A;    Swaged Stemball in Cast Spreader base

Stemball and cupel

The cast spreader base with integral shroud attachments were popular in the late 80’s and later. They proved to be quick and cheap to manufacture. However the problem with these mast fittings is the weakness in the spreader castings that attach to the mast. When these fail the whole mast is at risk, so it becomes a one point failure.

stemball thru cast spreader base800

The Stemball seats in a Cupel which sits in one of the two cutouts in the spreader base. Notice the T Ball terminal just in front of the spreader.

B;   Stemball in Spreader bar

A spreader through bar is a more modern use of spreaders and stemballs. The stemballs are fitted into a spreader bar which makes the Spreader bars structurally very secure. They take the load from the Spreaders and transfer through the mast without putting undue pressure on the mast wall. This is probably the strongest mast spreader shroud combination. It does require very accurate machining and needs professional Mast makers and Riggers to manufacture. This solution is more expensive but the lightest and is used mostly on racing sailboats.


thrubar stemballdetail

The above picture shows a rig with a Spreader through bar in which the Stemball is secured. The through bar has a hole for Stemball and Cupel. The second hole is for the Spreader Clevis pin. When assembling this type of set up you need to install the spreader through bar, push the shroud through the hole and then install the spreader over the bar and secure with the clevis pin. To remove the shrouds you need to remove the spreaders.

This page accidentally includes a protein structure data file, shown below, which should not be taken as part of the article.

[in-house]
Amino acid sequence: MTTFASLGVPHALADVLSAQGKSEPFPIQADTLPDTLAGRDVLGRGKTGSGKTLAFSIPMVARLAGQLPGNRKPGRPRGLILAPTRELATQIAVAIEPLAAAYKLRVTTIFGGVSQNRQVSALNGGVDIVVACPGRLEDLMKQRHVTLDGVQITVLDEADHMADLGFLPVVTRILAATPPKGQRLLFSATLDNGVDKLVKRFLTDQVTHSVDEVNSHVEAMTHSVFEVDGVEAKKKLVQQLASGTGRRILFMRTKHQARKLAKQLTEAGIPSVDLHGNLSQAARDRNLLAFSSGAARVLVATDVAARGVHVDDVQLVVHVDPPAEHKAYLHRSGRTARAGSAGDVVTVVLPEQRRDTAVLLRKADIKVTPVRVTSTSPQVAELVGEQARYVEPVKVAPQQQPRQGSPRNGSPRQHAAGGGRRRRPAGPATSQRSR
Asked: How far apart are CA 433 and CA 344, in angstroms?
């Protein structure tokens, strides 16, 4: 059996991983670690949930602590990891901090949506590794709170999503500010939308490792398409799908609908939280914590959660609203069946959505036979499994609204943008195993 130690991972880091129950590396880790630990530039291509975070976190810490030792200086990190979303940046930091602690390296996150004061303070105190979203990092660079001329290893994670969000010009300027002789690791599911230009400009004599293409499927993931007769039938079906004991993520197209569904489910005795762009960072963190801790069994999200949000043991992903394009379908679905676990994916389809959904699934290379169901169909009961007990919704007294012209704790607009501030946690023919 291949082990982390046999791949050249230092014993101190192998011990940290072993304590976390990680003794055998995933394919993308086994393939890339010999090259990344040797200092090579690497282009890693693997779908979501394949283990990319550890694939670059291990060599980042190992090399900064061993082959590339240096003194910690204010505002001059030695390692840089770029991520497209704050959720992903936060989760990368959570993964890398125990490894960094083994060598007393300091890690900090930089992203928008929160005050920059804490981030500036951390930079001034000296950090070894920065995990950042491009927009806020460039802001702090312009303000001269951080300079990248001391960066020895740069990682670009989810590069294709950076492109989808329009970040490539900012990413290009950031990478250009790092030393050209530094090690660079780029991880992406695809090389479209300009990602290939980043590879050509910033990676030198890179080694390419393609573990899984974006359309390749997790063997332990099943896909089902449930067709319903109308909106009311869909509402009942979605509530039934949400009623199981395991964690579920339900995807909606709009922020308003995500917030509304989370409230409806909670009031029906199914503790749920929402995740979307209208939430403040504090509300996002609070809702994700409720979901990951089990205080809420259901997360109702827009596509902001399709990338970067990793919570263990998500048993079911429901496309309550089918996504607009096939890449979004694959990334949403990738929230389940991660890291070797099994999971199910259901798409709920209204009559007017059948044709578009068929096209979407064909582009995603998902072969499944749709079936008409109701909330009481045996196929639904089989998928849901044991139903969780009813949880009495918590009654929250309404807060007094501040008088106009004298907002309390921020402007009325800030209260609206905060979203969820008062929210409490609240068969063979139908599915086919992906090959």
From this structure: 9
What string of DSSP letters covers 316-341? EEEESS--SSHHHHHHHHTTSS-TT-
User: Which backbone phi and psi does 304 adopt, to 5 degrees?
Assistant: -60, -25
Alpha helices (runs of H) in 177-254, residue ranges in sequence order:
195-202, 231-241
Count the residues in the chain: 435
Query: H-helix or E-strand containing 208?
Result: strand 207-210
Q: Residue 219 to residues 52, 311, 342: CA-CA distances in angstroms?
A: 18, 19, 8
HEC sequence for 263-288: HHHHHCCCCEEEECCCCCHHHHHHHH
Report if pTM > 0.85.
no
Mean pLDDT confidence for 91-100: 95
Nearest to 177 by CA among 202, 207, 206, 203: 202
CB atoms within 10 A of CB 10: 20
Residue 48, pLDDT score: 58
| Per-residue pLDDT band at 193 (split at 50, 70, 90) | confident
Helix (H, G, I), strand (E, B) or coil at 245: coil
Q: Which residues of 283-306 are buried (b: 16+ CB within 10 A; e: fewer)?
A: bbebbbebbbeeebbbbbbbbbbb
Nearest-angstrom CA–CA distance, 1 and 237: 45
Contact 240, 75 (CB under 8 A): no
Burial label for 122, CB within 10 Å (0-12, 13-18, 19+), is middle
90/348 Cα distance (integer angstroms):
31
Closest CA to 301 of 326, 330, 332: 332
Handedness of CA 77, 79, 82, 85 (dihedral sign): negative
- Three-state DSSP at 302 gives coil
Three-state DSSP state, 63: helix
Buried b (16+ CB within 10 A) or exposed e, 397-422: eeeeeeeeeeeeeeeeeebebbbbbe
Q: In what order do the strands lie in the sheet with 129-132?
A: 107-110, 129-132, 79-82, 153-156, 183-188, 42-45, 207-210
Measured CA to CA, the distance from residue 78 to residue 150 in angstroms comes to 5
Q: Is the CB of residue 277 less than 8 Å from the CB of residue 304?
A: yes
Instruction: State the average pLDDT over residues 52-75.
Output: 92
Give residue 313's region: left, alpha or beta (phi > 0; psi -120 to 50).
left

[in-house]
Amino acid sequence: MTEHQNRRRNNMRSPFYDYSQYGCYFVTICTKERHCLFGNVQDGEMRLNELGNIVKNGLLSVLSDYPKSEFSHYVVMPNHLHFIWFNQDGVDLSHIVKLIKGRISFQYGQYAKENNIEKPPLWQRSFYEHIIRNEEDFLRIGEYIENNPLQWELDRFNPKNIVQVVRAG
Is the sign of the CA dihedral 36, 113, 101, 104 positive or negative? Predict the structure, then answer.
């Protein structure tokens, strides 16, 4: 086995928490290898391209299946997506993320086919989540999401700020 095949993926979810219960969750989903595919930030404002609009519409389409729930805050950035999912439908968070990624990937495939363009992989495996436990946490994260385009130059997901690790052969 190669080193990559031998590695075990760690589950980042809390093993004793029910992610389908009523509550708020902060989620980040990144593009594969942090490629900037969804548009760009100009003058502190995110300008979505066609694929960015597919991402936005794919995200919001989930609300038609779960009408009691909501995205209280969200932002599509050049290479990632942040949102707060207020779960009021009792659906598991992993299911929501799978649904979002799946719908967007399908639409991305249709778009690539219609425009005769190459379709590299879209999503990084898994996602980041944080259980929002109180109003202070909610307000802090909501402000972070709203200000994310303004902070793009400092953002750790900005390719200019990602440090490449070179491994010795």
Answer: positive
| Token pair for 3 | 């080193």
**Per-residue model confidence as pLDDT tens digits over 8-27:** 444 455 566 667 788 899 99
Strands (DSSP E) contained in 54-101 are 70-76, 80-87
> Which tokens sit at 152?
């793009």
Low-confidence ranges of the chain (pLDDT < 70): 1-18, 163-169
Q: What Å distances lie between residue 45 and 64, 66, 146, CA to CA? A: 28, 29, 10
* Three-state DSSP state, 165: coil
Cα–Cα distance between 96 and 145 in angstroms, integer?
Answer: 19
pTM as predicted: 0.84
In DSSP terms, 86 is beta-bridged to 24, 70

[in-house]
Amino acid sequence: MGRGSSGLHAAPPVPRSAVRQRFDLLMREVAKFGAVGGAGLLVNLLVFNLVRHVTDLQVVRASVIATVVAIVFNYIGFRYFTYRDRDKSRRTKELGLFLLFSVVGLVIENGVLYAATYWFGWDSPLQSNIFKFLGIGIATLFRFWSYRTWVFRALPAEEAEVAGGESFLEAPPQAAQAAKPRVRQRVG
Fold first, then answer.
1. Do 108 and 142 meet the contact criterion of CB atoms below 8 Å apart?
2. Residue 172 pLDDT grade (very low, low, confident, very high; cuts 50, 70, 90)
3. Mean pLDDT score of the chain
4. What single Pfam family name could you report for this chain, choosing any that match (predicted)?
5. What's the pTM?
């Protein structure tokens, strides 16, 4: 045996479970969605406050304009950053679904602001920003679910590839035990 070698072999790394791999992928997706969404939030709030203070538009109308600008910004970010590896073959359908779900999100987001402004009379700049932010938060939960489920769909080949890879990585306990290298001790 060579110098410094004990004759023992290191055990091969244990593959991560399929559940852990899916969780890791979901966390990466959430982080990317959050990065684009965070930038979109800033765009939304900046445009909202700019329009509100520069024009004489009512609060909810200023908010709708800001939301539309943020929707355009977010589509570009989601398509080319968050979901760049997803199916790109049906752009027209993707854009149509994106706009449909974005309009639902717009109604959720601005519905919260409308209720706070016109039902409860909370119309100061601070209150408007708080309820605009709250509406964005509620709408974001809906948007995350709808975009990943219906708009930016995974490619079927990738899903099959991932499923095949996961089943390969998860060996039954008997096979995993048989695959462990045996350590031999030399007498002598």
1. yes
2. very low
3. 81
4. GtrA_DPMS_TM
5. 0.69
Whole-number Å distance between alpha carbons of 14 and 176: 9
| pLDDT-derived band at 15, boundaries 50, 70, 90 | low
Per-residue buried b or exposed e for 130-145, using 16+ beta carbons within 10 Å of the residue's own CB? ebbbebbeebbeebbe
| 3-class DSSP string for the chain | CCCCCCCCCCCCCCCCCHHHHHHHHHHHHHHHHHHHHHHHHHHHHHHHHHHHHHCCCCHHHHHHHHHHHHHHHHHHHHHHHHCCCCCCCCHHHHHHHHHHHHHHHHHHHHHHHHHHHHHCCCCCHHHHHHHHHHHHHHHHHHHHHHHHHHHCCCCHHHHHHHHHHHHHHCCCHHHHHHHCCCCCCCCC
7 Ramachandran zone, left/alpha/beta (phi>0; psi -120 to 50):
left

C;   Stemball Tang is fitted into the mast wall

More modern thinking using Stemball fittings for larger cruising boats. The Stemball Tang is fitted into the mast wall below the spreader. This approach is a little easier to build as the precise position of the shroud is not so important. However it not as structurally secure as the shroud is relying on the mast wall to transfer the load to the spreader, but can be built without specialized equipment or machining. Because the design is not as strong as the through bar solution the fittings and mast wall are larger and therefore heavier, but this is not a concern for most cruisers.

stemball mast wall

The Stemball fits into a Stemball Tang which mounts in a cutout in the mast Wall. In this case the wire fitting is inserted into the tang and then the complete assembly is pushed into the cutout. The tang is then screwed or riveted into place. The shroud cannot be removed without the tang also being removed. In the above picture the shrouds are discontinuous. The uppers and intermediates are terminated at the spreader. The upper shrouds join at the spreader tip with a Marine Eye and Fork and a Long Clevis pin. The diagonal shroud has a swaged turnbuckle and Fork.

3       Swage T Ball Terminal